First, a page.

Thursday, 9/22. Day 5
Today marks the halfway point of our trip. We are leaving Iron lake today and headed for the expanses of Lac La Croix. This is a monster of a lake, definitely top 5 in terms of size. Canada will be off our right shoulder for much of today’s paddle
Today starts partly cloudy. Winds are supposed to be out of the north today, but more importantly is they’re supposed to be under 10mph and no mention of gusts. Camp gets torn down fairly quickly today except for the tarp. A lot of the rigging that went into our wind wall involved knots tied to the loops on the tarp, and some of the cord we’re using for pulling it away from the fire is a single piece looped around several times. The tarp is one of the last things to be packed because of how long it takes to take it down.
The paddle out of Iron is good, the winds are pretty calm, and so we can take more of a direct line towards the portage versus having to jog into the wind or duck for cover in the lee of the many islands we pass.
The portage landing on the Iron side is a granite slope. The trick for finding portages isn’t so much looking for what appears to be a landing, but rather the trail leading away from the landing into the woods. We have two portages in total today – this one going out of Iron, followed by a 5 minute float across a beaver pond, and then the rest of the hike to LLC. The trail is pretty decent for a portage, and we make good time getting to the beaver pond. Across the pond the landing is maybe an old dam, there’s a log that we use to haul the boat out of the water before unloading, the footing is pretty crappy here.
The Lac La Croix side of the landing is combination rocky & sandy, and deposits you in a bay directly across from one of the few ranger cabins still in existence within the BWCA. I don’t know much history about the cabin, possibly it was part of a resort that existed in the 1960s prior to the Wilderness Act?
To our North is Irving Island, a gigantic hulk of land that is less island and just a giant landmass within Canada. There is a large bluff on a south facing slope called Warrior hill – legend has it that running to the top as fast as you can. will prove your strength,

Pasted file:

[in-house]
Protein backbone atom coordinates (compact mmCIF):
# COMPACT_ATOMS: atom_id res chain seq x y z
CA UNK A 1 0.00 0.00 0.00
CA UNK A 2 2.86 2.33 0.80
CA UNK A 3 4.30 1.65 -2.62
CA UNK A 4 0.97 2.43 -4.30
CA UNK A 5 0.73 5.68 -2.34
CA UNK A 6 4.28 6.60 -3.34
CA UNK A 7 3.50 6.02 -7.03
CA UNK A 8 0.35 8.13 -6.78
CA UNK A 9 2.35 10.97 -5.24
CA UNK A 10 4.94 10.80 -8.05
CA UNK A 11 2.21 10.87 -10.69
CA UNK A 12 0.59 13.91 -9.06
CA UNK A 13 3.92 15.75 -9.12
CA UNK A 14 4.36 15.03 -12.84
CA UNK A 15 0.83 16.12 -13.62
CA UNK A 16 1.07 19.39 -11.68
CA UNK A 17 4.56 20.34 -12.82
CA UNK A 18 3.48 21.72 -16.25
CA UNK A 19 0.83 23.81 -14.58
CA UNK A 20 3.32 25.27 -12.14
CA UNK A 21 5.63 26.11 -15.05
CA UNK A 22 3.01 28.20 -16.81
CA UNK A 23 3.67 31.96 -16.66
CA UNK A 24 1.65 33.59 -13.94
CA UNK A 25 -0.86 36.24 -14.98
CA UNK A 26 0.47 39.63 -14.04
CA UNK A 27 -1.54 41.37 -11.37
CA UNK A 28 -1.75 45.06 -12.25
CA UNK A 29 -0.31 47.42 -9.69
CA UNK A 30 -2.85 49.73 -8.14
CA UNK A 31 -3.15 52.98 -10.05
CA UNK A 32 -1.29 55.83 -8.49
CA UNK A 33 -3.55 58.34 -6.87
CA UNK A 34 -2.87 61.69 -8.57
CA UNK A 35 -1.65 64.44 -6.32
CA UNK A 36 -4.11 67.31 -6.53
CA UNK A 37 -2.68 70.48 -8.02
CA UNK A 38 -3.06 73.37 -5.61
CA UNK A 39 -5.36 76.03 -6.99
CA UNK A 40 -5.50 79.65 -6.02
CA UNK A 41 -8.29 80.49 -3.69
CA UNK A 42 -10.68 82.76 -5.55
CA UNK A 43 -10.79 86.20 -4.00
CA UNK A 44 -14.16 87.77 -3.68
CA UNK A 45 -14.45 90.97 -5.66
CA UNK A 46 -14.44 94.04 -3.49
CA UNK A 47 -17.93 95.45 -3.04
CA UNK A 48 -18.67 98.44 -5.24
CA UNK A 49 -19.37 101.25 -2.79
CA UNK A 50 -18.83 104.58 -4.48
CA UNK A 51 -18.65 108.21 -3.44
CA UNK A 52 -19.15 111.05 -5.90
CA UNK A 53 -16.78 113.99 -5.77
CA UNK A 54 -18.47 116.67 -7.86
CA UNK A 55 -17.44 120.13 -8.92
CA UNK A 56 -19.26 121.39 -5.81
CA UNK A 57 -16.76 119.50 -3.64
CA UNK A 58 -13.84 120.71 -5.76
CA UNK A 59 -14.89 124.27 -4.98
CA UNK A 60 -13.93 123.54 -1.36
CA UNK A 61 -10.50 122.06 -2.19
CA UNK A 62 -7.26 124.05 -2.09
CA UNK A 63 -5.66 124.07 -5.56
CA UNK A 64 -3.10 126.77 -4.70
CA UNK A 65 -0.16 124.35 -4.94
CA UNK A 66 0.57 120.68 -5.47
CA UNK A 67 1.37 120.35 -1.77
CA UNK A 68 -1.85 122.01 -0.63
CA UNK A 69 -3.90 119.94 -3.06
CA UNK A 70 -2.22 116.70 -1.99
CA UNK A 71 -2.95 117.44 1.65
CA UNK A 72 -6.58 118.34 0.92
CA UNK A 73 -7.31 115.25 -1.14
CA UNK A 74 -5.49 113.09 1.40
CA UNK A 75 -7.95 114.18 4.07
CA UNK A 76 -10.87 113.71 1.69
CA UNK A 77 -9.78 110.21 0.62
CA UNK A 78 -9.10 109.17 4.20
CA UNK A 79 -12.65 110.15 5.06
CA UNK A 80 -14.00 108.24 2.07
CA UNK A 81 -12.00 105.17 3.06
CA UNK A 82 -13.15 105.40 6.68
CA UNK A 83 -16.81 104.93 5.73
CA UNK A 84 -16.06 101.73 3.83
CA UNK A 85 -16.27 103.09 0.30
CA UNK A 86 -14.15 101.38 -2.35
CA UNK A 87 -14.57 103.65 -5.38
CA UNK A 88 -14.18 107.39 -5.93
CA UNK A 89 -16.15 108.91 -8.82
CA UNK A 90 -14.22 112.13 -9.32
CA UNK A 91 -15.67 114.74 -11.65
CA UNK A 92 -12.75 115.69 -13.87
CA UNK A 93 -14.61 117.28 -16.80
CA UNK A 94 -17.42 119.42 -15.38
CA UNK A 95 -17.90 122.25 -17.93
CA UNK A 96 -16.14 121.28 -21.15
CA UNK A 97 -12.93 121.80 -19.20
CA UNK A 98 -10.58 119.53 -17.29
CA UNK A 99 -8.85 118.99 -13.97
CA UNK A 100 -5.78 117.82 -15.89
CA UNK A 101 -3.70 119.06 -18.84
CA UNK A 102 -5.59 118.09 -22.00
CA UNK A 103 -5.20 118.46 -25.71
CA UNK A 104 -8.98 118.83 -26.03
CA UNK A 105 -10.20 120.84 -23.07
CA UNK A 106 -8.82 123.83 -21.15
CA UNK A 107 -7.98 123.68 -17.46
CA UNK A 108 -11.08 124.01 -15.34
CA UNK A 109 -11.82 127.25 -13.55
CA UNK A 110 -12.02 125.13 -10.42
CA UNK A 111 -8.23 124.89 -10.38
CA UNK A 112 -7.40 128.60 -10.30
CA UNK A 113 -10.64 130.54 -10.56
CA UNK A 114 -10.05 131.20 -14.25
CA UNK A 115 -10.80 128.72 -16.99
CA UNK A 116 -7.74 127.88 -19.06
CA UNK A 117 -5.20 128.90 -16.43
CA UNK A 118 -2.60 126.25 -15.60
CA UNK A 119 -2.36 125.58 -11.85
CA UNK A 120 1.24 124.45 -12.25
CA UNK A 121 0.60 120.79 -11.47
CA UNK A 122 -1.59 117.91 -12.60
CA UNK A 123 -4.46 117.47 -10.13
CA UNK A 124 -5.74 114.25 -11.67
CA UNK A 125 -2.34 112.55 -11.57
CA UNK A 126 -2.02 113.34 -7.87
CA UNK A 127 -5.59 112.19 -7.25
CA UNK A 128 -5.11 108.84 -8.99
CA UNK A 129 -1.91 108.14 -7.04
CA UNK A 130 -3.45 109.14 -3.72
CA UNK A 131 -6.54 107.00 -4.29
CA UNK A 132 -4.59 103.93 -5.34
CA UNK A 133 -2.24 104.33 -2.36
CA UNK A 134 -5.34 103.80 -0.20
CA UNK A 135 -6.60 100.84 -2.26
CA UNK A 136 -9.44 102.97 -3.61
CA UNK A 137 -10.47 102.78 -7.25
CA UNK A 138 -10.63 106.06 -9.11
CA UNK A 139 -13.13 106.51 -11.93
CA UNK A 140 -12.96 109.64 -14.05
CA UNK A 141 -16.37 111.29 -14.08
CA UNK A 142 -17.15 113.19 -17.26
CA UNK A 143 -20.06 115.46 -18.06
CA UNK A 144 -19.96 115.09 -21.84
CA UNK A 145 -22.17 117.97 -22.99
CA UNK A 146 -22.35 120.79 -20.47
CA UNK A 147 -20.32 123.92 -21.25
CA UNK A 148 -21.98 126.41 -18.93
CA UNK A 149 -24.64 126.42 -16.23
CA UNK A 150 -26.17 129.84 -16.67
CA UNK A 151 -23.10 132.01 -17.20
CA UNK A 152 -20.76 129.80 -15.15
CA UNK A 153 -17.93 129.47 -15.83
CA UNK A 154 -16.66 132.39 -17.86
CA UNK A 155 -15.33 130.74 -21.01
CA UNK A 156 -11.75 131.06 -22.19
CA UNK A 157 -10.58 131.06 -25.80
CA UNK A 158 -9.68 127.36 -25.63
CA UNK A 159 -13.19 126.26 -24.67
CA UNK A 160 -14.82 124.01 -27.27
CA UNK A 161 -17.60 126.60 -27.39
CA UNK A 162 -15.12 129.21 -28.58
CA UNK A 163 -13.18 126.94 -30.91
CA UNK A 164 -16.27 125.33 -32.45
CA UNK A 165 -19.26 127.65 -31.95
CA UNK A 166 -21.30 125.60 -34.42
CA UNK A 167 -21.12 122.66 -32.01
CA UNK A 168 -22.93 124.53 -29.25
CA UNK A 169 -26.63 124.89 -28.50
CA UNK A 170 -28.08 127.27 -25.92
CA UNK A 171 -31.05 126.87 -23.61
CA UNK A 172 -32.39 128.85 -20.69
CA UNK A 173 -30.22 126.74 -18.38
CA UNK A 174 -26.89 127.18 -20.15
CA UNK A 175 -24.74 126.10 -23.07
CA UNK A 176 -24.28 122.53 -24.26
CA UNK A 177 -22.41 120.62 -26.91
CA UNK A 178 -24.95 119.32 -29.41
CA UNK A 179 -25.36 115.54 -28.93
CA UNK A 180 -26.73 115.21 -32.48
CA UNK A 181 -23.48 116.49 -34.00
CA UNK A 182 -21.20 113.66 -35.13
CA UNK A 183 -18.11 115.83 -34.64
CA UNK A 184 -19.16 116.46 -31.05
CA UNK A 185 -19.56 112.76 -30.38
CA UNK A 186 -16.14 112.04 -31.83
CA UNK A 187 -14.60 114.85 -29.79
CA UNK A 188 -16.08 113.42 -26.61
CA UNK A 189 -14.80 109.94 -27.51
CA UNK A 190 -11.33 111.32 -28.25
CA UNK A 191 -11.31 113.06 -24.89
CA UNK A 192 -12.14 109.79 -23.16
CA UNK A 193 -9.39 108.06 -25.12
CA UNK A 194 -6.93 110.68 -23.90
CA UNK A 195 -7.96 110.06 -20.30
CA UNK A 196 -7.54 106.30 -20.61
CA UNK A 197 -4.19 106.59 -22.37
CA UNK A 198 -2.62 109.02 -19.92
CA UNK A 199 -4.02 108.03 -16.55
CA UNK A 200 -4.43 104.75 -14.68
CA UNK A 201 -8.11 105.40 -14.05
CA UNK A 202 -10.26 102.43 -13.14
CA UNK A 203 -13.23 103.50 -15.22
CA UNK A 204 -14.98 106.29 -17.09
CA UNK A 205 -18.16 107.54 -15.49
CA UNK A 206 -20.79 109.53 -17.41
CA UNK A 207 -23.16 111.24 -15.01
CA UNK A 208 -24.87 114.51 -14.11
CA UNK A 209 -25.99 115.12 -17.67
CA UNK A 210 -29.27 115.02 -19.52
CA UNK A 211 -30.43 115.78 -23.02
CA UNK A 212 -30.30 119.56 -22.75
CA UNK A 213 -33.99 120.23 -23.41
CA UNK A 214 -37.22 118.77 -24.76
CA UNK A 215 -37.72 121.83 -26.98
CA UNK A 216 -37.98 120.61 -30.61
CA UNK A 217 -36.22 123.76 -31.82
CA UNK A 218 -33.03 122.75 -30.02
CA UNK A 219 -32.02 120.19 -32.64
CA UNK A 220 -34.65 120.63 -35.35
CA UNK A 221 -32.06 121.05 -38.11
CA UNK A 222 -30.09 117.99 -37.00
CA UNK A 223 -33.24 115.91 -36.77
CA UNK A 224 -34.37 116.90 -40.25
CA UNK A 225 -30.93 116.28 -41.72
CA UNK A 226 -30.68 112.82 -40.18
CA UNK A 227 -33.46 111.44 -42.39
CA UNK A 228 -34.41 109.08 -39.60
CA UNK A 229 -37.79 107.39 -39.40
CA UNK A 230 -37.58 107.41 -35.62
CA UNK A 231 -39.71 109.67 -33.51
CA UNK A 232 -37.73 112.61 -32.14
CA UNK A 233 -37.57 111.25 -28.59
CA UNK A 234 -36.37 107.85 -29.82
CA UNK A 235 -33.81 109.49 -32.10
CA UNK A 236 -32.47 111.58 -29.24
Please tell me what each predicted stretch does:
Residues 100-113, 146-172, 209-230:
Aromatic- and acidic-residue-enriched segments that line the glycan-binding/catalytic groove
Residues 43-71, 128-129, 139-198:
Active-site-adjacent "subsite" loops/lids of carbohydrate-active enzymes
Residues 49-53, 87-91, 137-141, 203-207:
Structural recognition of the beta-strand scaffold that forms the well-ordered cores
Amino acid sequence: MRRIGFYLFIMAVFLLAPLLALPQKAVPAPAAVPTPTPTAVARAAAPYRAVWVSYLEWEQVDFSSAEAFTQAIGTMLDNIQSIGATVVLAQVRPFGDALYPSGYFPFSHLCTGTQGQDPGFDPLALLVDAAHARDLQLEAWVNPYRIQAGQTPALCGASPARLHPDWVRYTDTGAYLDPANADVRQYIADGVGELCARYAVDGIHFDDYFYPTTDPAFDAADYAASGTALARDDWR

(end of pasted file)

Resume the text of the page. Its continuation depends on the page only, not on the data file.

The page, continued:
Not too far around the corner from Warrior Hill is probably one of the most expansive & incredible pictographs within the Quetico-Superior region. People & creatures both normal and mystical are represented there. These pictos are fully within Canada, and while its OK for us to hang out, we can’t land or anything like that there.
After 30 minutes or so with the pictos we continue on towards Fish Stake Narrows. A brief pit stop is had at the campsite across from the pictos where I camped with the Scouts in 2020. I tie on a new lure that I got in town, a Little Cleo spoon, and my plan is to let it out behind us while we search for a campsite. 20 minutes later I’ll lose this lure to some rocks on the bottom. D’oh!
We check out the campsites in Fish Stake Narrows and find them all to be lacking. We keep moving. The next campsite on our list is on it’s own island just across from the Toe Lake portage. We land, and after a little bit of looking around the site is declared suitable for our needs. Whomever was camped here previously left a bit of a mess around the fire, though, and so we spent our first hour or mora at the site just cleaning up around the fire.
It’s a very rocky campsite, with lots of stones jutting out of the ground at weird angles.
9.7 miles paddled today, 27.9 total; 2 portages today, 12 total; 288 rods portaged today, 1547 rods total; 0 additional beaver dams encountered today.
Iron Lake > pond > Lac La Croix